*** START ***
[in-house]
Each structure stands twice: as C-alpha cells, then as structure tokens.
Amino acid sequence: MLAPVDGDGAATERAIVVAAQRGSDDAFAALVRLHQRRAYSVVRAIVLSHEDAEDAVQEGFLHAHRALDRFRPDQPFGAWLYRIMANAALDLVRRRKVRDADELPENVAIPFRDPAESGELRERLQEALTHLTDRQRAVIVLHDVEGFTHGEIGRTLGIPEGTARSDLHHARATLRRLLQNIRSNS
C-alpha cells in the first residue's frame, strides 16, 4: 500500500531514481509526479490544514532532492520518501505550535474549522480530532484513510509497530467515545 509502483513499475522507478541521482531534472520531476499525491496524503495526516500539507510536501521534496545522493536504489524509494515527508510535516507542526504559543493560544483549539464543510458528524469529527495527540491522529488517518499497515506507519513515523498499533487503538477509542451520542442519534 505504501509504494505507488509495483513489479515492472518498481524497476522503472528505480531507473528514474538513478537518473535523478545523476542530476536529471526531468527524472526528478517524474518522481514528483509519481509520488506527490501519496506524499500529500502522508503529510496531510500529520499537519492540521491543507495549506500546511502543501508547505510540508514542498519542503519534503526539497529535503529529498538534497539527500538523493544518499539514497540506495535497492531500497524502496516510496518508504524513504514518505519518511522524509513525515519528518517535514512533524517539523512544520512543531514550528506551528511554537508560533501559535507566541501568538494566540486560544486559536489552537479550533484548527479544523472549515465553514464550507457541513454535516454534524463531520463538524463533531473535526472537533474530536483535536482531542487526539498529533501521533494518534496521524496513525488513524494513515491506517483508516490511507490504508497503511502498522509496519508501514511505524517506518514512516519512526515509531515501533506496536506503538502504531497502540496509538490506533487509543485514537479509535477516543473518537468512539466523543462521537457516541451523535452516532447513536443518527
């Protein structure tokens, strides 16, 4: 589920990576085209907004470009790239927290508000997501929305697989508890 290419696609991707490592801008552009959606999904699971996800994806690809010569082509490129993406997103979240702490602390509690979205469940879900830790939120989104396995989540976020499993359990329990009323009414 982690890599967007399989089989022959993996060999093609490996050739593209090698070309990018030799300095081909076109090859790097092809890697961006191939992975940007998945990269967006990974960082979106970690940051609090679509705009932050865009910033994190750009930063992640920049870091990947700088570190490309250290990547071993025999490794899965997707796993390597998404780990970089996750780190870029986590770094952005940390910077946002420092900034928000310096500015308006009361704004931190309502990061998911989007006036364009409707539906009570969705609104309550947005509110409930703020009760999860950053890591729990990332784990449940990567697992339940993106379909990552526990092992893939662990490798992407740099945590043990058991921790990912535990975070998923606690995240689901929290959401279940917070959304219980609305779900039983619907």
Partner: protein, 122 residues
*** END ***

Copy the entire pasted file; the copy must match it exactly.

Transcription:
[in-house]
Each structure stands twice: as C-alpha cells, then as structure tokens.
Amino acid sequence: MLAPVDGDGAATERAIVVAAQRGSDDAFAALVRLHQRRAYSVVRAIVLSHEDAEDAVQEGFLHAHRALDRFRPDQPFGAWLYRIMANAALDLVRRRKVRDADELPENVAIPFRDPAESGELRERLQEALTHLTDRQRAVIVLHDVEGFTHGEIGRTLGIPEGTARSDLHHARATLRRLLQNIRSNS
C-alpha cells in the first residue's frame, strides 16, 4: 500500500531514481509526479490544514532532492520518501505550535474549522480530532484513510509497530467515545 509502483513499475522507478541521482531534472520531476499525491496524503495526516500539507510536501521534496545522493536504489524509494515527508510535516507542526504559543493560544483549539464543510458528524469529527495527540491522529488517518499497515506507519513515523498499533487503538477509542451520542442519534 505504501509504494505507488509495483513489479515492472518498481524497476522503472528505480531507473528514474538513478537518473535523478545523476542530476536529471526531468527524472526528478517524474518522481514528483509519481509520488506527490501519496506524499500529500502522508503529510496531510500529520499537519492540521491543507495549506500546511502543501508547505510540508514542498519542503519534503526539497529535503529529498538534497539527500538523493544518499539514497540506495535497492531500497524502496516510496518508504524513504514518505519518511522524509513525515519528518517535514512533524517539523512544520512543531514550528506551528511554537508560533501559535507566541501568538494566540486560544486559536489552537479550533484548527479544523472549515465553514464550507457541513454535516454534524463531520463538524463533531473535526472537533474530536483535536482531542487526539498529533501521533494518534496521524496513525488513524494513515491506517483508516490511507490504508497503511502498522509496519508501514511505524517506518514512516519512526515509531515501533506496536506503538502504531497502540496509538490506533487509543485514537479509535477516543473518537468512539466523543462521537457516541451523535452516532447513536443518527
């Protein structure tokens, strides 16, 4: 589920990576085209907004470009790239927290508000997501929305697989508890 290419696609991707490592801008552009959606999904699971996800994806690809010569082509490129993406997103979240702490602390509690979205469940879900830790939120989104396995989540976020499993359990329990009323009414 982690890599967007399989089989022959993996060999093609490996050739593209090698070309990018030799300095081909076109090859790097092809890697961006191939992975940007998945990269967006990974960082979106970690940051609090679509705009932050865009910033994190750009930063992640920049870091990947700088570190490309250290990547071993025999490794899965997707796993390597998404780990970089996750780190870029986590770094952005940390910077946002420092900034928000310096500015308006009361704004931190309502990061998911989007006036364009409707539906009570969705609104309550947005509110409930703020009760999860950053890591729990990332784990449940990567697992339940993106379909990552526990092992893939662990490798992407740099945590043990058991921790990912535990975070998923606690995240689901929290959401279940917070959304219980609305779900039983619907």
Partner: protein, 122 residues